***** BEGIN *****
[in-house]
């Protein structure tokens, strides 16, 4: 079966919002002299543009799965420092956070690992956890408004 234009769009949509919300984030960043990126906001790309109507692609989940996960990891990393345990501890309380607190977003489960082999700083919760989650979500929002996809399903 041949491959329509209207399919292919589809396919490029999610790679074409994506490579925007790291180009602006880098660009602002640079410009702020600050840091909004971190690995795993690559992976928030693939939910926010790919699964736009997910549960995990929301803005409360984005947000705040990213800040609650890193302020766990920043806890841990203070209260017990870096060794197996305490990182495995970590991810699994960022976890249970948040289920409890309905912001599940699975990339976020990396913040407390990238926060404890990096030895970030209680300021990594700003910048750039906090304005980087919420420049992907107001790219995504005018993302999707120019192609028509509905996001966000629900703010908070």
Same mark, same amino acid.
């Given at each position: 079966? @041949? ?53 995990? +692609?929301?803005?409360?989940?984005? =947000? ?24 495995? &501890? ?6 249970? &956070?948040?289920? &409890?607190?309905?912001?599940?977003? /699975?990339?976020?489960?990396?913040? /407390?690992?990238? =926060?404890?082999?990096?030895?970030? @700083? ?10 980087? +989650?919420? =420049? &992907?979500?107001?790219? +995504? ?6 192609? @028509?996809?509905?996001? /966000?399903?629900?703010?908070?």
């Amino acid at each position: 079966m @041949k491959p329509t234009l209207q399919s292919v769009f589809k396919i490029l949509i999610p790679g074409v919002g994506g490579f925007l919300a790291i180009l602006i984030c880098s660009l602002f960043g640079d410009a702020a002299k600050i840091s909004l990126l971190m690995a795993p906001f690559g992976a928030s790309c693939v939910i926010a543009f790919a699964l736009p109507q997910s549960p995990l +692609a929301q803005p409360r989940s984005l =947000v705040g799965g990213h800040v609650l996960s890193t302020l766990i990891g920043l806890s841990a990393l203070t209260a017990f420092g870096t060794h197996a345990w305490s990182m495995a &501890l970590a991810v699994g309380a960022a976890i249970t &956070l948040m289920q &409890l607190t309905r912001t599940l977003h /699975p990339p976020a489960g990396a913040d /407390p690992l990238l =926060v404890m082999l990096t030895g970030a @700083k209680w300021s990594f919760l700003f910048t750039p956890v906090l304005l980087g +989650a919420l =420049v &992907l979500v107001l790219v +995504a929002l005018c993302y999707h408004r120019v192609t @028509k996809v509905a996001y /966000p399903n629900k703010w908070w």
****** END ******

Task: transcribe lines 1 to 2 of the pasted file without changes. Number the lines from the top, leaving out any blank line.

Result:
[in-house]
């Protein structure tokens, strides 16, 4: 079966919002002299543009799965420092956070690992956890408004 234009769009949509919300984030960043990126906001790309109507692609989940996960990891990393345990501890309380607190977003489960082999700083919760989650979500929002996809399903 041949491959329509209207399919292919589809396919490029999610790679074409994506490579925007790291180009602006880098660009602002640079410009702020600050840091909004971190690995795993690559992976928030693939939910926010790919699964736009997910549960995990929301803005409360984005947000705040990213800040609650890193302020766990920043806890841990203070209260017990870096060794197996305490990182495995970590991810699994960022976890249970948040289920409890309905912001599940699975990339976020990396913040407390990238926060404890990096030895970030209680300021990594700003910048750039906090304005980087919420420049992907107001790219995504005018993302999707120019192609028509509905996001966000629900703010908070």